The cellist appeared to focus on the big phrases, accelerating towards the climax, followed by a ritardando up to the end of the phrase. Compared to what other artists do with this music, I found this to be a simplified interpretation, one that ignored the insights and views that now have become commonplace in historically informed performance. Of course, Jan Vogler played this with vibrato—without making this a romantic interpretation, though.
The Symphony No.4 in E♭ major, WAB 104, “Romantic” is the most popular symphony by Anton Bruckner (1824 – 1896). He wrote it 1873/1874. However, just like with most of his symphonies, Bruckner continued to revise the composition during the following years. The composer created a second version 1878 – 1880, which premiered in 1881, under the direction of Hans Richter (1843 – 1916). Shortly after that premiere, Bruckner shortened the Andante, made changes in the instrumentation, and more. Finally, a third version emerged in the years 1887/1888.
The International Bruckner Society in Vienna published the “1878” version as Bruckner’s “own, final” version, as not all of the changes in the third version were by Bruckner himself: some changes were by pupils and conductors, merely “semi-officially” approved by the composer. The four movements of the 1878 – 1880 version (ed. Leopold Nowak) are labeled as follows:
- Bewegt, nicht zu schnell (with motion, not too fast)
- Andante, quasi Allegretto
- Scherzo: Bewegt (with motion) – Trio: Nicht zu schnell. Keinesfalls schleppend (Not too fast, don’t ever drag)
- Finale: Bewegt, doch nicht zu schnell (with motion, but not too fast)
The 1888 version has metronome markings added, and it differs in the tempo annotation:
- Ruhig bewegt (nur nicht schnell), Allegro molto moderato (1/2 = 72)
- Andante (1/4 = 66)
- Bewegt (1/4 = 126)
- Mäßig bewegt (1/2 = 72)
However, as many of the amendments were really suggestions by “third parties” (critiques, “friends”, etc.), which the composer was too modest to reject. Such suggestions may have been given with the best / serious intentions to “help improving the work”. However, they definitely are not Bruckner’s own composition. Hence, the usual choice for recordings and concerts (also here) is the version from 1878 – 1880.
Luckily, after the intermission, the impression changed dramatically: in Bruckner’s symphony, Fabio Luisi could count on the strengths of his orchestra—and he could take full profit from the acoustics of the venue!
I. Bewegt, nicht zu schnell
We experienced a performance with excellent and finely tuned dynamic control, balance between the voices, clarity in articulation, phrasing, and in the tempo disposition. And expectedly, Bruckner’s music offered true, shining highlights for the brass section. In general, the sonority of the orchestra was truly excellent, from the softest of ppp tremolos up to an impressive fff. However, the latter always remained carefully crafted, controlled, never oppressing in any way. At the same time, the proximity of the string section to the audience occasionally created almost chamber music atmosphere.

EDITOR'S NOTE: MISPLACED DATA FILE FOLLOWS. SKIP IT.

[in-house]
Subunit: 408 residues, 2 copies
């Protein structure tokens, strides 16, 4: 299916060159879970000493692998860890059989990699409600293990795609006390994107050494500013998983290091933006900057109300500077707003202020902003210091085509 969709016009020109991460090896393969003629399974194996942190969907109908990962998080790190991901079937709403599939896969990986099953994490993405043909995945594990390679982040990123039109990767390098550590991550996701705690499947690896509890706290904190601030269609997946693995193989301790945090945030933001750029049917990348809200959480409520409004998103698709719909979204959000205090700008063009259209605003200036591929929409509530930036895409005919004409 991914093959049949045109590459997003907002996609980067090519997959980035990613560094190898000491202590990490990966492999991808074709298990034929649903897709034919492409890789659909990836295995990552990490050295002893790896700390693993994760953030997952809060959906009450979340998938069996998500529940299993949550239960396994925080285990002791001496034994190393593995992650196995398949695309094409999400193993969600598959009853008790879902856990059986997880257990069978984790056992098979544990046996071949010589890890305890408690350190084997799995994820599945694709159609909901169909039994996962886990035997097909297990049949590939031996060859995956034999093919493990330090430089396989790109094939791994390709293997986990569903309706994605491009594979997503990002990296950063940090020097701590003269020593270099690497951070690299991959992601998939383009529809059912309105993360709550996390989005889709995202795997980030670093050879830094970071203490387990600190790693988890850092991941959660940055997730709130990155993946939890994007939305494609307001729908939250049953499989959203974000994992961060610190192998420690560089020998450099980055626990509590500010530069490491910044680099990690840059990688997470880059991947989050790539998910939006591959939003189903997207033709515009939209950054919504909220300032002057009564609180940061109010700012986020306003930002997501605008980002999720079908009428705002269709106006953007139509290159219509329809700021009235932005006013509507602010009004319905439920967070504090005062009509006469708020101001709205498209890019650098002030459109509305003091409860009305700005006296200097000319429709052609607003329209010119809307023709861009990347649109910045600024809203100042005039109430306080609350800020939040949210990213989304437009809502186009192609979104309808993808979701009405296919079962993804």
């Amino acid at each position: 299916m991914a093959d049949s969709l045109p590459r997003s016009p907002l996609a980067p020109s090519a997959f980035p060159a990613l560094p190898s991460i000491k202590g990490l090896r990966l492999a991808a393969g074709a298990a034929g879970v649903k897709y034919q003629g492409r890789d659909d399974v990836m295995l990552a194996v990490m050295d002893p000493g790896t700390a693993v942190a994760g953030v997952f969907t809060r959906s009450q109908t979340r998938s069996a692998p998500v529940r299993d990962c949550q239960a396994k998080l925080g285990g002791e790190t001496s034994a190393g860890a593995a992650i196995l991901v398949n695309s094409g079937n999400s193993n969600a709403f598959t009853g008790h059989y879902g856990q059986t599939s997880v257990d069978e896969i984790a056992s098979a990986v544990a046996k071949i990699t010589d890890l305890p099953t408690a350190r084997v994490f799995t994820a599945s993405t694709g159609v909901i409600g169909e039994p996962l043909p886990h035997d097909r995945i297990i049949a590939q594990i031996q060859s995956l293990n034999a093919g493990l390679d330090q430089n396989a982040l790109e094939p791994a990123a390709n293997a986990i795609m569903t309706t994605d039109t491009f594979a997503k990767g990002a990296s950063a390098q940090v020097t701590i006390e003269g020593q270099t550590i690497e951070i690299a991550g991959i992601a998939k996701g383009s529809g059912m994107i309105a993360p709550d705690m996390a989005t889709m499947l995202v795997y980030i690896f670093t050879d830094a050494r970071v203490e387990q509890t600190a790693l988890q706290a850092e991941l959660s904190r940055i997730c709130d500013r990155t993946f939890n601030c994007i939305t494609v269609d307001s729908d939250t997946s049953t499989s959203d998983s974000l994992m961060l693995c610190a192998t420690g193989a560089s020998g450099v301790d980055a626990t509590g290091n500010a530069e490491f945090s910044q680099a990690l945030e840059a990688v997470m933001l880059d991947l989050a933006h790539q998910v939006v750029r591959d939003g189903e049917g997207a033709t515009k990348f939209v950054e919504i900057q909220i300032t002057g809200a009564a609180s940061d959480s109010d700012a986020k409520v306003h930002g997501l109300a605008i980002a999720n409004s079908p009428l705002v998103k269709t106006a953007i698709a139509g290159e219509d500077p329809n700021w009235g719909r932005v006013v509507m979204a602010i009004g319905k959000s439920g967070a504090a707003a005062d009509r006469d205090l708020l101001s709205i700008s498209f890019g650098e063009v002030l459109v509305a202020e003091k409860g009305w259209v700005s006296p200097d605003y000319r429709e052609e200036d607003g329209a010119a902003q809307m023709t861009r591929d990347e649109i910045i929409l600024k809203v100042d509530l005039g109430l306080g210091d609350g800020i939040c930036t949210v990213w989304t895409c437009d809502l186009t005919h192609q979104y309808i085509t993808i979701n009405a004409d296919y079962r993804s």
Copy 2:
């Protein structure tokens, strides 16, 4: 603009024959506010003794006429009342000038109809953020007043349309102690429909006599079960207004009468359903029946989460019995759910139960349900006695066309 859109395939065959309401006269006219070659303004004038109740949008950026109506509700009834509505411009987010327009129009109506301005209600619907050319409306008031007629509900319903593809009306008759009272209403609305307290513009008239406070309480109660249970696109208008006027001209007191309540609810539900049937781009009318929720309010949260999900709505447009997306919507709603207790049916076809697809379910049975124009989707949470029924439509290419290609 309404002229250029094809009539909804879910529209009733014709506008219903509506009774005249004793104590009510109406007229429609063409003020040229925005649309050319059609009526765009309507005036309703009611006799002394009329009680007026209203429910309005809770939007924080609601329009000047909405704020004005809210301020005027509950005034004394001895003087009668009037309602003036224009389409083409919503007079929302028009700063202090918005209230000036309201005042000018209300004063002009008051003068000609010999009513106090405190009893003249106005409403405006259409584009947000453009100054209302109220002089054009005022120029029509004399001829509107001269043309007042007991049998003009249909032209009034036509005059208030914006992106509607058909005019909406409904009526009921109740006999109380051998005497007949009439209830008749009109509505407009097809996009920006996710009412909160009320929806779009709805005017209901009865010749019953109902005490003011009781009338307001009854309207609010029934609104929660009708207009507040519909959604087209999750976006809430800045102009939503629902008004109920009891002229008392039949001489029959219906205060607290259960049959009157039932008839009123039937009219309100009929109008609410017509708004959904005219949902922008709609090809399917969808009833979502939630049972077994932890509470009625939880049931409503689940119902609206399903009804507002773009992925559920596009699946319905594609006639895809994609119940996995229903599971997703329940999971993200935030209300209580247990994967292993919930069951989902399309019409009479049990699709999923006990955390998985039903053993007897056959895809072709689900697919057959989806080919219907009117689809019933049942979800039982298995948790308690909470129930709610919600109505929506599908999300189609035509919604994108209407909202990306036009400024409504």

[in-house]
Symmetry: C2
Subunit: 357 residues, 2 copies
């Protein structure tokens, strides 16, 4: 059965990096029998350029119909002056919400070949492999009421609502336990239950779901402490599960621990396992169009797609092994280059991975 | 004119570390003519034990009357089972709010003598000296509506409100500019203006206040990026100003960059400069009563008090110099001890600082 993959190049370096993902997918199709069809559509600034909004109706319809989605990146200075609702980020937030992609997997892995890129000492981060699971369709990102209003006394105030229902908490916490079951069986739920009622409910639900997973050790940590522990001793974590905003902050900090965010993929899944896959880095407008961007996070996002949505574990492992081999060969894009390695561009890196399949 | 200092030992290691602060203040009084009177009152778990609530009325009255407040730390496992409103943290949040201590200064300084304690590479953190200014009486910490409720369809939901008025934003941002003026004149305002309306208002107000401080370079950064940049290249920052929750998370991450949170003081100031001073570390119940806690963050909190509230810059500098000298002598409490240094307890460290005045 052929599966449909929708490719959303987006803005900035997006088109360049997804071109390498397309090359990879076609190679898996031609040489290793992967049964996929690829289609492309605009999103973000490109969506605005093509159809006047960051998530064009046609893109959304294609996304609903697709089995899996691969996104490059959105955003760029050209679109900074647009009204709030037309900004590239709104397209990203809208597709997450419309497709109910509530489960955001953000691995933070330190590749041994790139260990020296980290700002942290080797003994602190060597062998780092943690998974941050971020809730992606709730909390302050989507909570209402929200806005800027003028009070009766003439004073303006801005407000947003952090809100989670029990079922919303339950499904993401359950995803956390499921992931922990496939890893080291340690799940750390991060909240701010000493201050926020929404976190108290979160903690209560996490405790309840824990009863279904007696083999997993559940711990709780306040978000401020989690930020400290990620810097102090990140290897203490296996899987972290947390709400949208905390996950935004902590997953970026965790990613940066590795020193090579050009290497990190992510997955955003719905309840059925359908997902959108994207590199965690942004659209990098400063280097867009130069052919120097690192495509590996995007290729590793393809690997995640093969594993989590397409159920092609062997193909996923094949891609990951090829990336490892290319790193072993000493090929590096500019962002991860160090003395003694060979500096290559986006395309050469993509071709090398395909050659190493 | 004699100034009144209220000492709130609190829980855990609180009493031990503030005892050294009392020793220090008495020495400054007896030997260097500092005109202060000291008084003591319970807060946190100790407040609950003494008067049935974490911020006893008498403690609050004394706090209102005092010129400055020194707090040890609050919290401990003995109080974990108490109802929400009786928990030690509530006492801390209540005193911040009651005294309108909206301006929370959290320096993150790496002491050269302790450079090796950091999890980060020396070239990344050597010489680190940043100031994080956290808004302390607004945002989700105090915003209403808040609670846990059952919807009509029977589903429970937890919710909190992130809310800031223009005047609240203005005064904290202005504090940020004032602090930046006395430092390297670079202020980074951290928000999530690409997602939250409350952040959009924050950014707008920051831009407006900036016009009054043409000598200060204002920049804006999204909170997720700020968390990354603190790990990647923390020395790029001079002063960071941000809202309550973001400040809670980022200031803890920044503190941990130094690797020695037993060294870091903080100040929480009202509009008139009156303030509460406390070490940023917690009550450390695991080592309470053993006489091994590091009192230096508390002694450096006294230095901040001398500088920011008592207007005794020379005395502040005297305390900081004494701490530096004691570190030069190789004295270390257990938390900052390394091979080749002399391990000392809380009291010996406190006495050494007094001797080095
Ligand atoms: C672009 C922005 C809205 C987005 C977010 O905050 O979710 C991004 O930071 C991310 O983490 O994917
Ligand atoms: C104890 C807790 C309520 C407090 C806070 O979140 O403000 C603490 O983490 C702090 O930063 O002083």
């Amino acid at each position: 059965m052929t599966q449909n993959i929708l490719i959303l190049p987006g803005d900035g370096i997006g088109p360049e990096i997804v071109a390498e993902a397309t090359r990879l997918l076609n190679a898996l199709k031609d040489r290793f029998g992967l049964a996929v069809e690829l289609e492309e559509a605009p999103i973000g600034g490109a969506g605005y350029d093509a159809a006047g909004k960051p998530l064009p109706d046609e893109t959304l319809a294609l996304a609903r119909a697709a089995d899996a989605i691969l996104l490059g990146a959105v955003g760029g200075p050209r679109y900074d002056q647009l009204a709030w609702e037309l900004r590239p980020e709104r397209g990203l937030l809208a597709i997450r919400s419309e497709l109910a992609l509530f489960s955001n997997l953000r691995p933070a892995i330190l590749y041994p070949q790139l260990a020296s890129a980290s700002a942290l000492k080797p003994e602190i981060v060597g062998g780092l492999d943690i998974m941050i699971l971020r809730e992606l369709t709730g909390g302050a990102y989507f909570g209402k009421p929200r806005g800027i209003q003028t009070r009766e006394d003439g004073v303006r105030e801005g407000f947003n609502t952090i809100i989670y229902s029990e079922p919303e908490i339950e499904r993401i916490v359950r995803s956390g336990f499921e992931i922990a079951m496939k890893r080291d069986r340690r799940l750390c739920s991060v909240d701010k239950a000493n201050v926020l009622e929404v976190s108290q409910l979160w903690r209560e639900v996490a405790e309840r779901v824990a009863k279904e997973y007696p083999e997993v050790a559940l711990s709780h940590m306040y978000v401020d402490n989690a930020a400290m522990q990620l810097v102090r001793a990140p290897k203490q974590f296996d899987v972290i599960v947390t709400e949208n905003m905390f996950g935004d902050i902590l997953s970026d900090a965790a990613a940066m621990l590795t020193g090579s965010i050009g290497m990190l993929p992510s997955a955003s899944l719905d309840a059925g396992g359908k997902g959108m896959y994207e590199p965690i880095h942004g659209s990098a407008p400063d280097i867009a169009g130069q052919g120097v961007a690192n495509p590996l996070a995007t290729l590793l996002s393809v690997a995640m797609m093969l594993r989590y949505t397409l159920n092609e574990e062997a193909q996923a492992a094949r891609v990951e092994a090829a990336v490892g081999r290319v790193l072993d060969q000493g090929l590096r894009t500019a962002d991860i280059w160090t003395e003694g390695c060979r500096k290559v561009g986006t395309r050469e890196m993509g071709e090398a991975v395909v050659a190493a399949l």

II. Andante, quasi Allegretto
The Andante is a funeral march with melancholic melodies in the marvelously singing voices of cellos and violas. Some segments in the brass voices are extremely exposed, particularly in the dry, analytical acoustics of this venue. That was not a problem at all with this orchestra, of course.
Later in the movement, the atmosphere turns almost folksy, and even when the funeral march returns after that, it sounded clearly more confident, and more relaxed.
III. Scherzo: Bewegt – Trio: Nicht zu schnell. Keinesfalls schleppend
Fabio Luisi’s conducting looked almost playful at the beginning of the Scherzo. But there was no doubt that he kept the control, consequently forming build-ups. Yet again, he managed to retain moments with almost chamber music atmosphere.
The Trio felt like folk music: warm-hearted, slightly melancholic, longing and again singing. However, never the performers gave even hints of comfortably leaning back—quite to the contrary!
IV. Finale: Bewegt, doch nicht zu schnell
This huge movement reconfirmed: at all time, Fabio Luisi not exerted excellent control in the dynamics, but also in the tempo disposition. And he carefully observed Bruckner’s notation, down to the composer’s bowing instructions: the effect of the five successive down-streaks on the G-string in the first violin (at bar 247 and in other, similar passages) was very distinct and obvious.
An opera orchestra and its conductor appeared predestined for the realization of Bruckner’s sudden changes in atmosphere / “scenery” in this movement.
Even in the giant dimensions of this movement, Luisi found opportunities for lyrical, almost “domestic chamber music moments”, and for serene country scenes.
Never in this symphony I sensed a loosening in the tension, and never, Fabio Luisi lost the view onto the large, overall structures. The orchestra appeared in top shape, effortlessly reaching fortissimo in Bruckner’s build-up waves, his huge arches, and without special action by the conductor. However, when the maximum seemed to be reached, Fabio Luisi switched to large, vivid, swaying gestures. With this, he appeared to double the volume of the orchestra.
My conclusion was that it must be hard to make this Bruckner experience elsewhere, as the conductor, the orchestra, and the acoustics, all contributed equally to the success of this performance. An enthralling experience from beginning to end!
For the same concert, I have also written a (shorter) review in German for Bachtrack.com. This posting is not a translation of the Bachtrack review, the rights of which remain with Bachtrack.com. I created the German review using a subset of the notes taken during this concert. I wanted to enable my non-German speaking readers to read about my concert experience as well. Therefore, I have taken my original notes as a loose basis for this separate posting. I’m including additional material that is not present in the Bachtrack review.